This wasn't Faith No More's first album, but it was their first with Mike Patton, so you might as well think of it as their first. Patton was the missing piece to their sound. They were already eccentric and different, but there are plenty of bands that were just “different”. Patton possesses a toolset that few other vocalists have. He’s like having a Swiss Army knife in the band. He can flat out sing, growl, bark, hiss, cackle…..whatever, and The Real Thing is evidence of all of it. To have a singer that can go from the lounge singer vibe of "Edge Of The World", to the rap-pop of “Epic", to the rapid fire nastiness of "Surprise, You’re Dead”, is something no other band had.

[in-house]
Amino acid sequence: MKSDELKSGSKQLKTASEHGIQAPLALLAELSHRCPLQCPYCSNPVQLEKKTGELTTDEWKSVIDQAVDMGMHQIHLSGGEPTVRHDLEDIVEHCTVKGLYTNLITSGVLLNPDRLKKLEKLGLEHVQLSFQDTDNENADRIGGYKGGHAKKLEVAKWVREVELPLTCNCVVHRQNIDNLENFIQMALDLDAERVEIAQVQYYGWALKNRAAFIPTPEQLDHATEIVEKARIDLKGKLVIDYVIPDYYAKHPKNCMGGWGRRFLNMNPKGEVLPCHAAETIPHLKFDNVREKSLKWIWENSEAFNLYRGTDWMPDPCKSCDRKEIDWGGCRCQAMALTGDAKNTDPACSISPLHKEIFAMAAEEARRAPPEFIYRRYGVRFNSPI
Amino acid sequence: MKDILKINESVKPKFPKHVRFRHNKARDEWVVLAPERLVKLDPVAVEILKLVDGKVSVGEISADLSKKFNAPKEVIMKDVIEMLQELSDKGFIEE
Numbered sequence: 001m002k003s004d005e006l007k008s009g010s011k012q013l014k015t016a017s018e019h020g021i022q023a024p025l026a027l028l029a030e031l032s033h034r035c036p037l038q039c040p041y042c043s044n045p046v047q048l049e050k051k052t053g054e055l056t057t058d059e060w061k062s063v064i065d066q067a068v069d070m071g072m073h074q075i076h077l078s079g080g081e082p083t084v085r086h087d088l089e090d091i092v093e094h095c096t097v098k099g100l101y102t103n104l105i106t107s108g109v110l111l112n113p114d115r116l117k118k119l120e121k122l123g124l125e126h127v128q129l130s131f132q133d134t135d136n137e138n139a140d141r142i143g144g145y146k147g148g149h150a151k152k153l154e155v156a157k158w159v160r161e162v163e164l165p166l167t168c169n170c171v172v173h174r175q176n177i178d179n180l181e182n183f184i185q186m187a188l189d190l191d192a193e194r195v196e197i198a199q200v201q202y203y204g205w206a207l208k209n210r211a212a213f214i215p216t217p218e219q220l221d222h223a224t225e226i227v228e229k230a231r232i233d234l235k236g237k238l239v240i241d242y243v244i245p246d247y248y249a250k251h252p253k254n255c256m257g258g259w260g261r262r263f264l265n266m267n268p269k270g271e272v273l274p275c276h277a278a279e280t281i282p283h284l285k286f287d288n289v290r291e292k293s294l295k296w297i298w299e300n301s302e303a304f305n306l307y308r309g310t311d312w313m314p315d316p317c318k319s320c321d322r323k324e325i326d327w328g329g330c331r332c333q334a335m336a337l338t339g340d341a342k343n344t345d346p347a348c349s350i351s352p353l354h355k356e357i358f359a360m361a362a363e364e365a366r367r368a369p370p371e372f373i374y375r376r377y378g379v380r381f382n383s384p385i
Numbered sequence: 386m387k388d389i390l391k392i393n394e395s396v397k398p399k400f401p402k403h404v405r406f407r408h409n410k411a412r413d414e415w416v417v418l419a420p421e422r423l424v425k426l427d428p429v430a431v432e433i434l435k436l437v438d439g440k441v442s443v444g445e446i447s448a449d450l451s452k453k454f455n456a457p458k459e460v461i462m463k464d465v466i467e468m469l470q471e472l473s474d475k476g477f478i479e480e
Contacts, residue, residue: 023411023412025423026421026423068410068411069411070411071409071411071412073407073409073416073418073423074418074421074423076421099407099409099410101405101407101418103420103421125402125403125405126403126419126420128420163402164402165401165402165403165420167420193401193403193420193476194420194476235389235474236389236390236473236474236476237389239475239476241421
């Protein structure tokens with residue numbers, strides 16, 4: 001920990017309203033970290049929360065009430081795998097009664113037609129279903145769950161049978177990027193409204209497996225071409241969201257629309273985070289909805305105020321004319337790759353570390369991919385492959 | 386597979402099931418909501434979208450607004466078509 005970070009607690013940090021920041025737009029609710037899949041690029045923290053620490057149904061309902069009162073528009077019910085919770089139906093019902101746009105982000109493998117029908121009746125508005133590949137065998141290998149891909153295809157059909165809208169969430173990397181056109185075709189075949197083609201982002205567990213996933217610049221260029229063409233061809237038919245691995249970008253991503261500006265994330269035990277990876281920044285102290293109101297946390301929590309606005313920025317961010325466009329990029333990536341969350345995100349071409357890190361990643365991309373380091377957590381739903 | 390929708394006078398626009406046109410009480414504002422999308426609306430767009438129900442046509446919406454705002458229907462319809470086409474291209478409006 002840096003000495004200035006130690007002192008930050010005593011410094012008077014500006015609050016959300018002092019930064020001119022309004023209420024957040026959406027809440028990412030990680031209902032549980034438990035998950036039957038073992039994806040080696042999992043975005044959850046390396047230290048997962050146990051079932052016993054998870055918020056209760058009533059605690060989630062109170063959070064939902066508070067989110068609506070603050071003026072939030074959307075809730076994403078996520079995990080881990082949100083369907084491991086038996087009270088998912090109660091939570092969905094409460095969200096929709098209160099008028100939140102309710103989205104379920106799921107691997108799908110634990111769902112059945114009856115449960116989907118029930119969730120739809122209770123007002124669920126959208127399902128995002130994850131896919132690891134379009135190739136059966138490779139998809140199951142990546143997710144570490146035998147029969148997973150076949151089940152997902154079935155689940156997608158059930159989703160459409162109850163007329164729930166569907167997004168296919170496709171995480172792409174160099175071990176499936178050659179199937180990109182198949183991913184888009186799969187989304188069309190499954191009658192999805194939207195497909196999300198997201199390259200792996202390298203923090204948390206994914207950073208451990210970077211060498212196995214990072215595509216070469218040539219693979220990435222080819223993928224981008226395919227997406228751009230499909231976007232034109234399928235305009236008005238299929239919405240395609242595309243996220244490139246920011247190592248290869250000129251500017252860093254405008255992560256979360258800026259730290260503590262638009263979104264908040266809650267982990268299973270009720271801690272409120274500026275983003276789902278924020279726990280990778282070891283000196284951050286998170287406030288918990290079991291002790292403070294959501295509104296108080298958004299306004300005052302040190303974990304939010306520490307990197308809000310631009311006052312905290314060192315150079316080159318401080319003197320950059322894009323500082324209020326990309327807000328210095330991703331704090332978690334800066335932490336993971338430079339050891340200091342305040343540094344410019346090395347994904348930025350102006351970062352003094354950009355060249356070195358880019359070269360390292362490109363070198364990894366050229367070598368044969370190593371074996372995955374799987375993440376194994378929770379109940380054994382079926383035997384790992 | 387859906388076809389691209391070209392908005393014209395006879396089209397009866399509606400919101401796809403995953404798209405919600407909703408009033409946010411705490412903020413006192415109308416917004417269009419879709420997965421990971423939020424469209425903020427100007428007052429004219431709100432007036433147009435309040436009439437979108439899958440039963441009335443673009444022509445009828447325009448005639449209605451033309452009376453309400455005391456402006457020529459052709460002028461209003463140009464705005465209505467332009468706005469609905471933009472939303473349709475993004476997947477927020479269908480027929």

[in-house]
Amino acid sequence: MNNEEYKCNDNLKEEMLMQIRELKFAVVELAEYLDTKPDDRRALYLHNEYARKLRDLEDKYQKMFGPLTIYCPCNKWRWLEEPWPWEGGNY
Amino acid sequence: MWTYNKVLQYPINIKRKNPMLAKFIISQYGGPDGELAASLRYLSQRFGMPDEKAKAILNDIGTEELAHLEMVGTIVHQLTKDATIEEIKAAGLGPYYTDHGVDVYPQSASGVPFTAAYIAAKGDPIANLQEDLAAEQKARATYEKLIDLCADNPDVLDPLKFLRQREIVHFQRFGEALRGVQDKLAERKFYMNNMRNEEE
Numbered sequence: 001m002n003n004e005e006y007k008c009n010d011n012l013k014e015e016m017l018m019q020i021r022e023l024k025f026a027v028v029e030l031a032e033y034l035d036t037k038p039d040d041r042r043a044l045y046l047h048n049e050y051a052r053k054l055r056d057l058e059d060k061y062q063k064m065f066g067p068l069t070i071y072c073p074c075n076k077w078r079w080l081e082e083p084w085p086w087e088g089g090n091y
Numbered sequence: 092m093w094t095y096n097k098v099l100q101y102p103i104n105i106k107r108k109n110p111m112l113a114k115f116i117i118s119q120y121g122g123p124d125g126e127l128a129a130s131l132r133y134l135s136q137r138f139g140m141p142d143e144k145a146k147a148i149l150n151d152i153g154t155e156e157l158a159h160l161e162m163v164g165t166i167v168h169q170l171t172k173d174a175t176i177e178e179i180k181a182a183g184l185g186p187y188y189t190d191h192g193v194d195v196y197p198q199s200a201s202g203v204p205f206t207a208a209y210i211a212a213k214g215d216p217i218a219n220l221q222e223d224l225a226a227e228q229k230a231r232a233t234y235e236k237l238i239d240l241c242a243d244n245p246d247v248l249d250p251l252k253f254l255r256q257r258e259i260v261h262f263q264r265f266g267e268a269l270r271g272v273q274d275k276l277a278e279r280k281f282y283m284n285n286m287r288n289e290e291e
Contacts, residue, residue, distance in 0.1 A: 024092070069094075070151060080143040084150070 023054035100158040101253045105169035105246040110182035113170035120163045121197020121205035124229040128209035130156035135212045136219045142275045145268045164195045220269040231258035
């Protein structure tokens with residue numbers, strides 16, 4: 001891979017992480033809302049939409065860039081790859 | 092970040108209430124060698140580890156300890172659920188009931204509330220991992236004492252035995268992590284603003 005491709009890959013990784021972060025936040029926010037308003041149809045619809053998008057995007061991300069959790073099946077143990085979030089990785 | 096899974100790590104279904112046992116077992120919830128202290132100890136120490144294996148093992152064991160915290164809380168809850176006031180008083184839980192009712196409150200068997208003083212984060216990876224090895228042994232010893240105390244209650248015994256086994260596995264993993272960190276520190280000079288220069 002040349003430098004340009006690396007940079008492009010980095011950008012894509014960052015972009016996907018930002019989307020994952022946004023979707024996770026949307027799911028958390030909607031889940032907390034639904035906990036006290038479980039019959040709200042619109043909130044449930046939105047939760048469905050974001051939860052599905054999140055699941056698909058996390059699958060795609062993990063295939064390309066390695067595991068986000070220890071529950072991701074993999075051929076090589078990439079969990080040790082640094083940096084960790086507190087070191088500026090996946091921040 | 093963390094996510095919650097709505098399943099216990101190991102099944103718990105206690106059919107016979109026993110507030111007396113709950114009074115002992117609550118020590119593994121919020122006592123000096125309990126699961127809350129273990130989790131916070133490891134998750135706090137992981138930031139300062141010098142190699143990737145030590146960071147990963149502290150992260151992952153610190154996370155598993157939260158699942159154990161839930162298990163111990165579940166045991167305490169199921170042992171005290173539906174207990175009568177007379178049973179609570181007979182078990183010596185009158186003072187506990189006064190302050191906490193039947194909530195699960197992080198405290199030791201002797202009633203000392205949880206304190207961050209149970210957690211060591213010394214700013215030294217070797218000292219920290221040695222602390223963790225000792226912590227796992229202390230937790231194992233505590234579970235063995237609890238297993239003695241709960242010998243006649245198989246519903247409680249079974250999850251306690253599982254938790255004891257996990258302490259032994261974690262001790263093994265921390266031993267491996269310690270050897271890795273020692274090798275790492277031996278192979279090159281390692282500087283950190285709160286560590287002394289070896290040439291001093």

As I’ve been thinking more about FNM with their upcoming album, I realized that they truly are a collection of parts that cause this creative juggernaut. Most bands circa 1989 had the obvious leader, but FNM were truly built from the sum of their parts. Jim Martin’s guitar playing was essential, but no more up front than Roddy Bottom’s keyboards, Mike Bordin’s drums, or Billly Gould’s bass. We refer to them as Hard Rock, but that’s more for a lack of genre that’s simply called Faith No More.
The production on The Real Thing is the one thing that does still sound very 1989, and hopefully there will be a remastered version that will help with that, but the music itself is set apart from everything else of it’s time. There were other heavy bands that had funky bass grooves, like Infectious Grooves and Primus, but neither of them had the hooks of FNM. The Real Thing isn’t quite as timeless as it’s follow up “Angel Dust”, since they were still developing their sound, but it holds up pretty damn well.